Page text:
On a feminist reading, one could say that the ending of the story suggests that the unnamed narrator has so identified with the struggling woman behind the wallpaper that she has come to identify herself with the condition of women as a whole.
The woman in the wallpaper, desperately trying to escape from the bars that imprison her, represents the plight of women in a patriarchal society. The unnamed narrator, patronized and belittled by her husband and confined to a small bedroom, has come to identify with the struggle of her sisters as they are stifled and constrained in their daily lives by the patriarchy.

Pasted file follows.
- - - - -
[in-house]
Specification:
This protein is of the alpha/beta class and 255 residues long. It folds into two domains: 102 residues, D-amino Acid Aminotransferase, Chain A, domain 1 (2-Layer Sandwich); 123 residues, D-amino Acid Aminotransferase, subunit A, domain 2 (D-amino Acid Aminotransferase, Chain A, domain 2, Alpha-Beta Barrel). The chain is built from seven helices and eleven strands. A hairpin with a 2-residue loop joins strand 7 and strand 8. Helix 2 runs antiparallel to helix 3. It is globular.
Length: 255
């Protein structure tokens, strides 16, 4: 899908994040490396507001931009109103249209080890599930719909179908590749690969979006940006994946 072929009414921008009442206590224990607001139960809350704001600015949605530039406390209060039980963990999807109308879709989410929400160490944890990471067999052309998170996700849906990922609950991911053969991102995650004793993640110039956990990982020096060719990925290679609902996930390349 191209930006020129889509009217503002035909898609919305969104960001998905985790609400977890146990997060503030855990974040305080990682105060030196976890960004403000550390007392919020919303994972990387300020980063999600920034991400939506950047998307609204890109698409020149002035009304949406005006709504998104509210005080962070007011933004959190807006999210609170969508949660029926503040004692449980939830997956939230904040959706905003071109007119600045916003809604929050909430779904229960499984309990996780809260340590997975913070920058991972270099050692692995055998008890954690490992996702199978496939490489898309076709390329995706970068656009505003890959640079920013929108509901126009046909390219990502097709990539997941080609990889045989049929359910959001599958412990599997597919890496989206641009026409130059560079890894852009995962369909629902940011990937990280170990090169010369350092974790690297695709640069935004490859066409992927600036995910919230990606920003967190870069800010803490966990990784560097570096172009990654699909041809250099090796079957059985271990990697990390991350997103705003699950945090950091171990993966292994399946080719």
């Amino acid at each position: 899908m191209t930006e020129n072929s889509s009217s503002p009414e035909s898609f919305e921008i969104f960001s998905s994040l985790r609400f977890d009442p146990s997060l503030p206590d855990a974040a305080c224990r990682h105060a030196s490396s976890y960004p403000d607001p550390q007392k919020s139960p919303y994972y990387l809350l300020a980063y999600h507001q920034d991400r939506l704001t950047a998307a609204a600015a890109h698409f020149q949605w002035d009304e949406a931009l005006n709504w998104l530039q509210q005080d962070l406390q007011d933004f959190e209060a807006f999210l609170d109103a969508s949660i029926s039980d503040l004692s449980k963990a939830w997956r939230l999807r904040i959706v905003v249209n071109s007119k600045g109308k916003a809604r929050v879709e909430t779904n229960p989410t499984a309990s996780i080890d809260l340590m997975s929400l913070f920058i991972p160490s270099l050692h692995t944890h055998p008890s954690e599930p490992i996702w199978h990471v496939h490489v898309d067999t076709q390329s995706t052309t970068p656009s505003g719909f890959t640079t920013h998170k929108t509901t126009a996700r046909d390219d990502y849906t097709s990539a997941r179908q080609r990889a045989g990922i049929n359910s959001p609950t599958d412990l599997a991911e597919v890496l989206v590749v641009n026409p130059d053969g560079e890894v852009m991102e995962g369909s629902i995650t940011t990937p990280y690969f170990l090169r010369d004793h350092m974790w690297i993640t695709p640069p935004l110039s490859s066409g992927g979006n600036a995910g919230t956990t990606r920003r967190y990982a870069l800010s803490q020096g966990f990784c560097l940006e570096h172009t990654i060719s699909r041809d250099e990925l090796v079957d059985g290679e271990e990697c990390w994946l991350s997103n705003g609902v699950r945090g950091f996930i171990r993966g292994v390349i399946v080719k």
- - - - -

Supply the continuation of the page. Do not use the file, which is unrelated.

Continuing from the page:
But as the narrator lives at a time when there is no real outlet for respectable middle-class women to express their frustrations, she goes out of her mind, blurring the distinction between herself and the woman in the yellow wallpaper. Indeed, in some respects, the woman in the wallpaper is the narrator, albeit a projection of her tortured psyche.
The narrator's terrible realization...
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